Friday, September 23, 2005

OK, try this one

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Monday, September 12, 2005

Wight-hot

Back after two and a bit days camping, camping up and raving up at Isle of Wight festival Bestival, itchy fingers indicating that a précis of events needs typing up:

Acts/DJs that I did want to see which disappointed: Fabio (generic liquid funk failing to justify the Big Tent’s most packed crowd yet), Ulrich Schnauss – too-quiet ethereal gazetronica and drab untreated female vocals utterly failing to connect on Saturday afternoon. A shame.
Acts/DJs that I didn’t want to see which disappointed: Tom Vek (he stopped one tune, admitting to the band’s failings), 2 Many DJs (too many obvious sonic fissions), Mylo (Drop the Pressure seemingly the omnipresent tune of the weekend), Guilty Pleasures djs (fuck off playing ironic pop classics).
Acts that were clearly out of place as a headline act on the main stage: The Magic Numbers
Acts/DJs that I did want to catch but missed: The Rakes (didn’t turn up, I think), Clor, Jaipur brass band, Soulwax (the Belgian DJs said to be much better in this incarnation by at least two witnesses)
Acts/DJs that were given far too much of a free rein: X-Press 2 – several hours each night for the dadhousers
Things I did which surprised me: almost going with the totalitarian urge to go fancy dress (“not optional” according to the Bestival Bugle). Pink boots, pink hat and some cowboy paraphernalia were my concession to individual uniformity.
Best non-musical aspects of the weekend: The kids’ toboggan; the bloke chalking up the scores on Saturday afternoon (go on City!).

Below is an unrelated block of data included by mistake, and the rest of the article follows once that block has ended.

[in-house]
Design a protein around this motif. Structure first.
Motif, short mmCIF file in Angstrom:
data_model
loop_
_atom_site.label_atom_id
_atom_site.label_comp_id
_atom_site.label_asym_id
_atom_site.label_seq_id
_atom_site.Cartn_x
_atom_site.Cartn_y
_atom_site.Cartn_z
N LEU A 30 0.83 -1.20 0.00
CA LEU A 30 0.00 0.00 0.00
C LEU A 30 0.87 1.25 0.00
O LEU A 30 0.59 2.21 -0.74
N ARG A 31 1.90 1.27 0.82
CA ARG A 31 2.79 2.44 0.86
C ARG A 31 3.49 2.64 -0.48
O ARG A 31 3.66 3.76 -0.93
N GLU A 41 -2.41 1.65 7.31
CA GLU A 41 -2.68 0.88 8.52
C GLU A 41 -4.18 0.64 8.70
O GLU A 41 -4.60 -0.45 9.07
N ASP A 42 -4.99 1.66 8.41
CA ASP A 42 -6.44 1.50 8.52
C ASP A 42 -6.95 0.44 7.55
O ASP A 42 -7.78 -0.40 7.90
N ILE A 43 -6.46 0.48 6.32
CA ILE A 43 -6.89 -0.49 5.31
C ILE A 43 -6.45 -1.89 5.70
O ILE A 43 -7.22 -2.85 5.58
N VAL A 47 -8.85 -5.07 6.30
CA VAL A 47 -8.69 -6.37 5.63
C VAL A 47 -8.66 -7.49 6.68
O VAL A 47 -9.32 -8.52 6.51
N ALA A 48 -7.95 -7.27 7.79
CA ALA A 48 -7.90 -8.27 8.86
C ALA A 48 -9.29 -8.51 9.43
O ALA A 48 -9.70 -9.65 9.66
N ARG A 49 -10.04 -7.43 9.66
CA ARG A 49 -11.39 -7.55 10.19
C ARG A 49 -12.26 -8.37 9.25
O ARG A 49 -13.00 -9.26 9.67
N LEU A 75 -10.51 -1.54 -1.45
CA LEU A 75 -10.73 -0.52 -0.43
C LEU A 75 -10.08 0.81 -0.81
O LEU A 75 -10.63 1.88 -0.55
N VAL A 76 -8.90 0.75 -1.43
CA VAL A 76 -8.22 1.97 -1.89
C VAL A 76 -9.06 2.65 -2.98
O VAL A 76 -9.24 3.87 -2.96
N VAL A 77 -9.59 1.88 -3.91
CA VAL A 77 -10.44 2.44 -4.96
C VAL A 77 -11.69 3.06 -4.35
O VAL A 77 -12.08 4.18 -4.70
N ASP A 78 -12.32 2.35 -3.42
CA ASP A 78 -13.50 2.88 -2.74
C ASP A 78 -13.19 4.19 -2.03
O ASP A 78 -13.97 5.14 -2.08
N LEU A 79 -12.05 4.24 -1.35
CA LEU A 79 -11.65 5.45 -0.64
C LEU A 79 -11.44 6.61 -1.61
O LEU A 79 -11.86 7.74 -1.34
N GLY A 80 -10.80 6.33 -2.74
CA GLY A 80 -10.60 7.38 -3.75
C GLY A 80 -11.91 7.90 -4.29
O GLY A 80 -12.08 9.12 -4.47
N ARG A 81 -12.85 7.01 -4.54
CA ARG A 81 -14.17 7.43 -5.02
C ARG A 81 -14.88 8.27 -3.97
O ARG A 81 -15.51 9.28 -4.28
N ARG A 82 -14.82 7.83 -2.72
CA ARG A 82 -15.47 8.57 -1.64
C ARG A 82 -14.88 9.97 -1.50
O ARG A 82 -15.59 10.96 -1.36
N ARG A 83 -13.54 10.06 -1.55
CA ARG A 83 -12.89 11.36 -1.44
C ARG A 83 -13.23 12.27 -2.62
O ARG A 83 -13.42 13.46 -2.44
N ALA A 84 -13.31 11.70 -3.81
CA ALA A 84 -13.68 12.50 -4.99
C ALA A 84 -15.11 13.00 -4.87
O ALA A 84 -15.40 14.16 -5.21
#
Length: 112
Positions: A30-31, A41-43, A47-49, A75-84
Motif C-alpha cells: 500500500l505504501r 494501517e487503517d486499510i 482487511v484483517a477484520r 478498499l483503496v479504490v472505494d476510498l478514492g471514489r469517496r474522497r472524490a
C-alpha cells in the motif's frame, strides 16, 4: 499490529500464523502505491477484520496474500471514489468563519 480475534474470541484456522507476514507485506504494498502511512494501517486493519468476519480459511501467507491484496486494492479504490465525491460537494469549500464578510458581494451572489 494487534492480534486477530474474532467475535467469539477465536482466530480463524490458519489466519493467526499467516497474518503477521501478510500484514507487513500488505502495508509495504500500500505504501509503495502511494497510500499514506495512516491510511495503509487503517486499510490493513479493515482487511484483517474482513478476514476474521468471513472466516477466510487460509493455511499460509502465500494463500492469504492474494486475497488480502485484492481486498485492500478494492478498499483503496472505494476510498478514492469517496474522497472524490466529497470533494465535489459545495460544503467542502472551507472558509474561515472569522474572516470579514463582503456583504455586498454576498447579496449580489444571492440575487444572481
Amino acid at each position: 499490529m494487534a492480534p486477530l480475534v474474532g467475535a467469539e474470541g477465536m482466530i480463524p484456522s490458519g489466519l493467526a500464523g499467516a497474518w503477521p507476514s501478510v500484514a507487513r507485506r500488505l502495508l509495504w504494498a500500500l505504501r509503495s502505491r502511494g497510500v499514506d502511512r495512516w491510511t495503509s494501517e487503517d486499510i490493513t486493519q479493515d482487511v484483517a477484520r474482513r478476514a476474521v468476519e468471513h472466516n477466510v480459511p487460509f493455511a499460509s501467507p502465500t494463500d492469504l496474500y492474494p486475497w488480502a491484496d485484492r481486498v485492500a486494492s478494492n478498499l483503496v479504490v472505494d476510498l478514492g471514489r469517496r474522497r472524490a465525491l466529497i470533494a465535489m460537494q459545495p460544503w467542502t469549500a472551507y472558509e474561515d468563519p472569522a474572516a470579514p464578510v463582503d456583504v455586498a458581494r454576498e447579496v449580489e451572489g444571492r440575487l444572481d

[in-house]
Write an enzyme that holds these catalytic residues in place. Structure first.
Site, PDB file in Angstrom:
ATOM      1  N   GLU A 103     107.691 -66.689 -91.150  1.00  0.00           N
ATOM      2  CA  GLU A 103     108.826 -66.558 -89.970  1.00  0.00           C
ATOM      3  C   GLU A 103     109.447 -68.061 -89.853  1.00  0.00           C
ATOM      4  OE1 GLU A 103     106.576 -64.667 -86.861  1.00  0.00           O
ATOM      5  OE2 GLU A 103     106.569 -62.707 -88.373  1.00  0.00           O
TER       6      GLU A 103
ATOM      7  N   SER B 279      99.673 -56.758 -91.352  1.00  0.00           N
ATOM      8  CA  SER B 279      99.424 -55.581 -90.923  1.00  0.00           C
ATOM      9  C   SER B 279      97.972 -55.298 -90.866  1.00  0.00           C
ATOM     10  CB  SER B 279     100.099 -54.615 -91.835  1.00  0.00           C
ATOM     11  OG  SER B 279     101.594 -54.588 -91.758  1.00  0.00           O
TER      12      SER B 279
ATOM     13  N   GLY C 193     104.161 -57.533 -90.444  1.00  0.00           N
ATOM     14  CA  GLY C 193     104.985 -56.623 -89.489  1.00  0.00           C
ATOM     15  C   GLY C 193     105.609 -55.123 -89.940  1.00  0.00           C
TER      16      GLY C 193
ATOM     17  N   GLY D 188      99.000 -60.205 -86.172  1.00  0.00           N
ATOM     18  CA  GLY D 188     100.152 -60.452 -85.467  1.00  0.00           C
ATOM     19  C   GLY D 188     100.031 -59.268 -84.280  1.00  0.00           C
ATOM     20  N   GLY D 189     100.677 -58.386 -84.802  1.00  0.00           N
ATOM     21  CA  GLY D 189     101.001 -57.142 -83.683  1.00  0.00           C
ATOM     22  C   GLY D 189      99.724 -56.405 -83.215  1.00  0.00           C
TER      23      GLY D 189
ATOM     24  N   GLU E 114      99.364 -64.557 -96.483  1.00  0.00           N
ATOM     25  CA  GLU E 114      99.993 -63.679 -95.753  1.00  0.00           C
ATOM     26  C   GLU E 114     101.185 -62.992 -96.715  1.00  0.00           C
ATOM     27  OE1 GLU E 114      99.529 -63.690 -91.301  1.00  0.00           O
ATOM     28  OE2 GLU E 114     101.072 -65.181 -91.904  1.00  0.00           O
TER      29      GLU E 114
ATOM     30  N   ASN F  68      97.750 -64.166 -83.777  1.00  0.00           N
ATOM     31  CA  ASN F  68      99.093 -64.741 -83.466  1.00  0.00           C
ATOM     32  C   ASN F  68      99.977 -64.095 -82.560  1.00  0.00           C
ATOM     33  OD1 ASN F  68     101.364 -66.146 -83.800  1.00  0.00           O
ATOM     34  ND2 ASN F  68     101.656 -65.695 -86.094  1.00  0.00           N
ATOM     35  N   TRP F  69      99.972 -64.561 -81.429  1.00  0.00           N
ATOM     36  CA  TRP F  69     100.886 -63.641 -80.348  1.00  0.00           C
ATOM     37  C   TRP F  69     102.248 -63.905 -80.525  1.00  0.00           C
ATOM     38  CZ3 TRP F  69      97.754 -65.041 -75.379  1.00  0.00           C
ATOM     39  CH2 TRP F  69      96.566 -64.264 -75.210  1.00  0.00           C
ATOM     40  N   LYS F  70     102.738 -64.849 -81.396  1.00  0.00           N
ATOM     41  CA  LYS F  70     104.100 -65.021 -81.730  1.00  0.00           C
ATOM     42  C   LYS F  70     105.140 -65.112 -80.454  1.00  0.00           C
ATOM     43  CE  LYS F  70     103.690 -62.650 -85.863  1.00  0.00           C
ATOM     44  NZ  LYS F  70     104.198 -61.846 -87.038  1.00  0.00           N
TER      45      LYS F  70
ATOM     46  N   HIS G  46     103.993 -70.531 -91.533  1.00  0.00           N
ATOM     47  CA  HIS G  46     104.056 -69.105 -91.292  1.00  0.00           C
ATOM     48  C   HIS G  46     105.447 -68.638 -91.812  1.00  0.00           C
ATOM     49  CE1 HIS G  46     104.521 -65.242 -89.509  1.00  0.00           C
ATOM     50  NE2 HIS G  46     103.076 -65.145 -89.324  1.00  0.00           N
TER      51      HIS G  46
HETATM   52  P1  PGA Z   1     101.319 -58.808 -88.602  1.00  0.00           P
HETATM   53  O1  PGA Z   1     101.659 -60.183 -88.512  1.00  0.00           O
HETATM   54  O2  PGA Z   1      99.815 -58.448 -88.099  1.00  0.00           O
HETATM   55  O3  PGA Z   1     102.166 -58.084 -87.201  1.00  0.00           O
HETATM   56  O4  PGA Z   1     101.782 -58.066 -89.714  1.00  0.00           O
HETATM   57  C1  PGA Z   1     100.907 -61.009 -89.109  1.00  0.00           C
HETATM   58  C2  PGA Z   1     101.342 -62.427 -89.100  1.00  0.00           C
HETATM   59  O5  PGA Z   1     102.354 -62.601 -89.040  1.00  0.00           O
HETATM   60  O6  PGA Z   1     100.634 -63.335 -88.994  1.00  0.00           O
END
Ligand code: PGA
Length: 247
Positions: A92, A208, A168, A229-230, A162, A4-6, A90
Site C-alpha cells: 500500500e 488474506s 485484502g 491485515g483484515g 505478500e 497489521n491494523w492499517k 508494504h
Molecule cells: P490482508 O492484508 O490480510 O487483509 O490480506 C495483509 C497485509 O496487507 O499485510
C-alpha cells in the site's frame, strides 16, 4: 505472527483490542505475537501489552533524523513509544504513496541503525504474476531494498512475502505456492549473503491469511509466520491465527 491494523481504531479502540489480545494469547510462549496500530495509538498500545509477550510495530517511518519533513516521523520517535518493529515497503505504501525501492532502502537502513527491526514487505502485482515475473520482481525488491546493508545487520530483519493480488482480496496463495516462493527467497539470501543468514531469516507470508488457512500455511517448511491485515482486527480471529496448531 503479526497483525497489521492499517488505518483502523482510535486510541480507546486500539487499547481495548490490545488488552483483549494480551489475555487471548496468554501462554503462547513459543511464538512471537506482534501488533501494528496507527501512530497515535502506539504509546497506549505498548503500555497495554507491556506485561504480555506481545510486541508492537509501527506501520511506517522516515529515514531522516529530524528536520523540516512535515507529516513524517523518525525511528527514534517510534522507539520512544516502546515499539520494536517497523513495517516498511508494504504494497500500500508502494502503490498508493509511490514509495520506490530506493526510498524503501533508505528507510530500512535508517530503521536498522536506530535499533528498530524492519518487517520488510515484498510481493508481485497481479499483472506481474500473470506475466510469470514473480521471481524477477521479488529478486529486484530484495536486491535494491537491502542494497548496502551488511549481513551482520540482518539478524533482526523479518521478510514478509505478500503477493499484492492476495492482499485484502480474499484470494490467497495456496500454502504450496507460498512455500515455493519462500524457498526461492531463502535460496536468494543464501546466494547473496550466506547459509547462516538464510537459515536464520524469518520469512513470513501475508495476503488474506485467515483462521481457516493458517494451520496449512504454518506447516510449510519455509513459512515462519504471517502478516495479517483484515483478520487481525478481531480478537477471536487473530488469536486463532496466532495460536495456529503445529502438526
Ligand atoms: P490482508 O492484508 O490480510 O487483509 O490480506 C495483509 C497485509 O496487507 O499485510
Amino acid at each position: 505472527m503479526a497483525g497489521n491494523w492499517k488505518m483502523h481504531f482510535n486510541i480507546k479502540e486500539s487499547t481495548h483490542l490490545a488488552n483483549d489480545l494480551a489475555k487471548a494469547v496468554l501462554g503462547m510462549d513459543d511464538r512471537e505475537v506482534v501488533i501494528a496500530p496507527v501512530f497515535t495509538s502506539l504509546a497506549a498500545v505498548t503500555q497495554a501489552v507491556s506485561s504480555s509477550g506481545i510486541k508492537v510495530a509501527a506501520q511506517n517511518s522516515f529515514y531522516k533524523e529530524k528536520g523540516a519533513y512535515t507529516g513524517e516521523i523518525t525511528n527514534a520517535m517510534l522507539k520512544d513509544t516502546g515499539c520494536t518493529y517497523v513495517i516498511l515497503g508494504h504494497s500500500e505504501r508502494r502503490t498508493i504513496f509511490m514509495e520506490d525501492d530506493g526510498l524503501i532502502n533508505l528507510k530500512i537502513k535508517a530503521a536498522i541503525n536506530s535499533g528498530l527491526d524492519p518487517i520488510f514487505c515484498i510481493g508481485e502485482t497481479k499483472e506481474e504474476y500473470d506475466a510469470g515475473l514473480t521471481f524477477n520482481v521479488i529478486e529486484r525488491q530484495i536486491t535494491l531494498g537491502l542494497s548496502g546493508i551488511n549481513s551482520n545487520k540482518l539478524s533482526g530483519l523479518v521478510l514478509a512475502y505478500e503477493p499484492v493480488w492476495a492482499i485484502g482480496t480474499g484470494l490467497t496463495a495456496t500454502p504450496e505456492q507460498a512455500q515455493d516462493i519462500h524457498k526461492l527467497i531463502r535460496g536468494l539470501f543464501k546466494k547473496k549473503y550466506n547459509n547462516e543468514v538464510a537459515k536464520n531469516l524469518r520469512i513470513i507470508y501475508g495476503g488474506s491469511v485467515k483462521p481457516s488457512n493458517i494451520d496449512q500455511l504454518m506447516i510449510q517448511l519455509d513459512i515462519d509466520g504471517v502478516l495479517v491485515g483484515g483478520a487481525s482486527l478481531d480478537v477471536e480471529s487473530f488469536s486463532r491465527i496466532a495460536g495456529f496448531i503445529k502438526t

(“Stars” seen milling about: Howard Marks, Cox (with 1FM security), Da Bank d’Organiza, Mark Wall of Sound, Kid Carpet & Mrs Carpet)
Acts/DJs that I didn’t want to see which impressed: Dirty Dukes, VHS or Beta (better dancerock than Vek, even with the Robert Smith-lite vocals), loads of sundry house DJs indulging the crowd with classics or twists (Female diva over Hawtin’s Spastik in one case) or, like Kid Carpet, peddling a funky comic sound that keyed in with many ravers’ mindsets come Saturday lunchtime
Acts/DJs that I did want to catch which impressed: Royksopp, Cameo and Ruff Sqwad (moved venue but rocked it for 100 or so youngstas and me), Bobby & Nihal’s funky arcana in the Bollywood bar and, most of all, VITALIC (album so-so in confined domestic setting but blistering when let loose in a late-night, big top atmosphere).
Conclusion: the post-rave world is clearly benefiting from its augmentation with (mainly 80s-influenced) guitar sounds and the rave spirit is intact. I know this because people were asking us for MDMA at 10am in the morning, still blitzed from last night, because there were loads of lone bugged out dancers caring only about the groove, and that my wife moaned on the way back about being bored with all that “dj music”. A little more adventurous programming could easily be brought in next year but, overall, job done, Bestival.
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Thursday, September 08, 2005

Hit hop

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Tuesday, September 06, 2005

Turn the wedding beat around




Turn the wedding beat around